When performing or learning skilled behaviour such as coordinated rhythmic movement’s perception and action go hand in hand. However to understand which of these is limiting performance the isolation of either perception or action is required. To achieve this Wilson, Snapp-Childs and Bingham (2010) used two- alternative forced choice judgements (2AFC) and coordinated rhythmic movement performance during their study.
Assessments were performed at baseline and post training. They involved judgement at 90° and 180° and movement at 0° 90° 180°. Further retention tests were performed a week after post training in which just the movement trials were performed. However to assess the role of perception no movement trials were performed during training. Therefore improved movement performance would be due to improved perception. The training consisted of judgement at 90° with up to 14 training sessions or to the point when performance plateaued. A control group did the assessment but no training.
Judgement assessments involved 2AFC at 90° and 180° with no feedback. This consisted of a pair of 2 moving dots with 1 of the pair moving at the target relative phase whilst the other was moving at the same or a different phase. Different phases were +/- 9°, 18°, 27°, 36°, 45°, producing 21 different trial types in randomised order. An additional 1 example assessment was given at the start of the trial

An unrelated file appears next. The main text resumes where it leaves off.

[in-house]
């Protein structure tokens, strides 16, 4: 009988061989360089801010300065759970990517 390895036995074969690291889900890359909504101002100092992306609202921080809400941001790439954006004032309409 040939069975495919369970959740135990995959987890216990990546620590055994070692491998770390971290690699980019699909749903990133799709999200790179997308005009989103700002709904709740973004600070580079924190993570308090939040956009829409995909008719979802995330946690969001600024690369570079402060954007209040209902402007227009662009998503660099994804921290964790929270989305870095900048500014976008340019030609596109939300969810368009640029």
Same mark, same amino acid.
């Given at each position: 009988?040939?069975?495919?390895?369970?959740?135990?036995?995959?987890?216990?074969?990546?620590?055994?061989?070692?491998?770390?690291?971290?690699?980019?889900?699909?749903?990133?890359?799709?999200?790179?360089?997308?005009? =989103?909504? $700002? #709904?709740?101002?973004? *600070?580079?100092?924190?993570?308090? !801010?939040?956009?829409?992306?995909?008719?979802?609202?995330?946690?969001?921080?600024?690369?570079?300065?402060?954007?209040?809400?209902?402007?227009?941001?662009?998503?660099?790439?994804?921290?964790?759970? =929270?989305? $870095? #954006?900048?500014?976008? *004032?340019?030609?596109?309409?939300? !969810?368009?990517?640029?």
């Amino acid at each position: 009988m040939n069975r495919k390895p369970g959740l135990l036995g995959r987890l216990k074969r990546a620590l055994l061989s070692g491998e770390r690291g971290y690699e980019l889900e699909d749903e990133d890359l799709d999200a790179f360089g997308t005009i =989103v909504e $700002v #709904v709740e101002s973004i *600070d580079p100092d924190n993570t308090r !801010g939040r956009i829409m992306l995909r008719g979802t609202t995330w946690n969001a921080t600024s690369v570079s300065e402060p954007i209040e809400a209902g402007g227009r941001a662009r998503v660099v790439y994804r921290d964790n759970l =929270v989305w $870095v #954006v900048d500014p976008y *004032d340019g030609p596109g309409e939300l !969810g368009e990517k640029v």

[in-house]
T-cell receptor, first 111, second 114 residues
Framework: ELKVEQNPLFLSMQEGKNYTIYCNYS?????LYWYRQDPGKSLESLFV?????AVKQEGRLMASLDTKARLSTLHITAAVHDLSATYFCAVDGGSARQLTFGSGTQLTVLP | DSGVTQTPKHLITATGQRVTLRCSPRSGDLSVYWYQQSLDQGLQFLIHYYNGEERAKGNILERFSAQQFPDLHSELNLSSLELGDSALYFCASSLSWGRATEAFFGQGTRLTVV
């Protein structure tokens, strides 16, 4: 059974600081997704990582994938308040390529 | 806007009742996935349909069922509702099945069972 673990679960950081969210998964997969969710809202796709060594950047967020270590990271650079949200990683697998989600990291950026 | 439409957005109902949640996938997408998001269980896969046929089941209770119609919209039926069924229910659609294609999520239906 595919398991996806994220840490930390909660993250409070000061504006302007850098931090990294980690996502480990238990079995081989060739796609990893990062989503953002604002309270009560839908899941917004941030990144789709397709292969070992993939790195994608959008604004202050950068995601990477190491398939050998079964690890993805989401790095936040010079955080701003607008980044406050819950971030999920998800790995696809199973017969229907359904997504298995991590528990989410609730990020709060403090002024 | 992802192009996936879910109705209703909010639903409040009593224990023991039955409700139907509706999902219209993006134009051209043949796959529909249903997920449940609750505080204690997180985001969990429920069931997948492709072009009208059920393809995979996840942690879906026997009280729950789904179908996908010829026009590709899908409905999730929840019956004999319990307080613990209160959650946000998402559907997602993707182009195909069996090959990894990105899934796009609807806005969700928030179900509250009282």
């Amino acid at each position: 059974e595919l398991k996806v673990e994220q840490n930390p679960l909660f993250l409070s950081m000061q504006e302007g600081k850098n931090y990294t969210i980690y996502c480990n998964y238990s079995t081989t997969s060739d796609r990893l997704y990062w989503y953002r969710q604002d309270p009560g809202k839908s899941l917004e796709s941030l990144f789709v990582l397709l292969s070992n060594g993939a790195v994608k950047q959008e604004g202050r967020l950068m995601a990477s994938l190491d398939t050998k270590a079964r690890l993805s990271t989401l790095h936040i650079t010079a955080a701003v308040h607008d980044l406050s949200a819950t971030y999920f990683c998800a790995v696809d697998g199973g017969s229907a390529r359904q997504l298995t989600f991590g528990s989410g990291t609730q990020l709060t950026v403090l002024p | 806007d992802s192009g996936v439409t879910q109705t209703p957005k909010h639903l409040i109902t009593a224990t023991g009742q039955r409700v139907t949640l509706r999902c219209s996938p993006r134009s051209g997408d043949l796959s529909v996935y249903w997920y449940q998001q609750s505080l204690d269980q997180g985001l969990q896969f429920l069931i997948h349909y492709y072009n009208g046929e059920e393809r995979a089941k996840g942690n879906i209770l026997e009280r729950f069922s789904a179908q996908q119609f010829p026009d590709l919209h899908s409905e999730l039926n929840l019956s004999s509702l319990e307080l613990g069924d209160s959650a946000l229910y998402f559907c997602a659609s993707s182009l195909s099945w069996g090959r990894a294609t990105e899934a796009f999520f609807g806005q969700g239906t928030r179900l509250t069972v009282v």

Judgement training was performed at 90°. There was 12 blocks of 2AFC 90° trials per training session. Each block compared 90° to 4 other phases 2 less than and 2 greater than 90°. Trial 1 and 4 were 90° +/- 40° reducing by 10° between each set. Trial 2 and 3 were 90° +/- 20° reducing by 5° between each set. Each of the 4 trials appeared in random order in each block. Feedback was given following judgements. When subjects achieved 85% correct they progressed to the next discrimination set. Maximum of 4 training sessions per set with a maximum 6 received on the last set.
Wilson, A. D., W. Snapp-Childs., & G. P. Bingham. (2010), Perceptual Learning Immediately Yields New Stable Motor Coordination. Journal of Experimental Psychology: Human Perception and Performance. 36(6), 1508-1514.